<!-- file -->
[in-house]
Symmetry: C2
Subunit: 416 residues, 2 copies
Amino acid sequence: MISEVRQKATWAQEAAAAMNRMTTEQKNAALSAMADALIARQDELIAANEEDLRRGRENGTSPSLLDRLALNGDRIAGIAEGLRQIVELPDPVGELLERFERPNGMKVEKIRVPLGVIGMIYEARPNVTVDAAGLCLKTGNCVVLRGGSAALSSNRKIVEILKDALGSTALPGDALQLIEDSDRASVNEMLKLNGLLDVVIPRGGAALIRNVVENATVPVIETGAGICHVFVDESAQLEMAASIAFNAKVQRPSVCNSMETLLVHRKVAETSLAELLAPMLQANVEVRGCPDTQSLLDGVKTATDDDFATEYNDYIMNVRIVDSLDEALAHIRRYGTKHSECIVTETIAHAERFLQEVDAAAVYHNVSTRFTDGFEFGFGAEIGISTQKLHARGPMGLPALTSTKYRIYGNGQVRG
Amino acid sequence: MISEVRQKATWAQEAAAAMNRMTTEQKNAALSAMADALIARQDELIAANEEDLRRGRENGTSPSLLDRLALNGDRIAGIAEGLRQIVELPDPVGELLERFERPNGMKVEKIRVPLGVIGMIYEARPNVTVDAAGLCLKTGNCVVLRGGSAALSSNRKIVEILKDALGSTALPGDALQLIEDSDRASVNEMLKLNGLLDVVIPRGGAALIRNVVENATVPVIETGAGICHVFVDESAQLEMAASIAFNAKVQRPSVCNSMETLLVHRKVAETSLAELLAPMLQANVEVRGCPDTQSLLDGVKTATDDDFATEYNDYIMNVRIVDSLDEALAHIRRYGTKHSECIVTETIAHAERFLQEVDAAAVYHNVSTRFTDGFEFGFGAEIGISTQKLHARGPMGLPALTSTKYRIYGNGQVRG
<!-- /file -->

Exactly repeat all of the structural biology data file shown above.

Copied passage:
[in-house]
Symmetry: C2
Subunit: 416 residues, 2 copies
Amino acid sequence: MISEVRQKATWAQEAAAAMNRMTTEQKNAALSAMADALIARQDELIAANEEDLRRGRENGTSPSLLDRLALNGDRIAGIAEGLRQIVELPDPVGELLERFERPNGMKVEKIRVPLGVIGMIYEARPNVTVDAAGLCLKTGNCVVLRGGSAALSSNRKIVEILKDALGSTALPGDALQLIEDSDRASVNEMLKLNGLLDVVIPRGGAALIRNVVENATVPVIETGAGICHVFVDESAQLEMAASIAFNAKVQRPSVCNSMETLLVHRKVAETSLAELLAPMLQANVEVRGCPDTQSLLDGVKTATDDDFATEYNDYIMNVRIVDSLDEALAHIRRYGTKHSECIVTETIAHAERFLQEVDAAAVYHNVSTRFTDGFEFGFGAEIGISTQKLHARGPMGLPALTSTKYRIYGNGQVRG
Amino acid sequence: MISEVRQKATWAQEAAAAMNRMTTEQKNAALSAMADALIARQDELIAANEEDLRRGRENGTSPSLLDRLALNGDRIAGIAEGLRQIVELPDPVGELLERFERPNGMKVEKIRVPLGVIGMIYEARPNVTVDAAGLCLKTGNCVVLRGGSAALSSNRKIVEILKDALGSTALPGDALQLIEDSDRASVNEMLKLNGLLDVVIPRGGAALIRNVVENATVPVIETGAGICHVFVDESAQLEMAASIAFNAKVQRPSVCNSMETLLVHRKVAETSLAELLAPMLQANVEVRGCPDTQSLLDGVKTATDDDFATEYNDYIMNVRIVDSLDEALAHIRRYGTKHSECIVTETIAHAERFLQEVDAAAVYHNVSTRFTDGFEFGFGAEIGISTQKLHARGPMGLPALTSTKYRIYGNGQVRG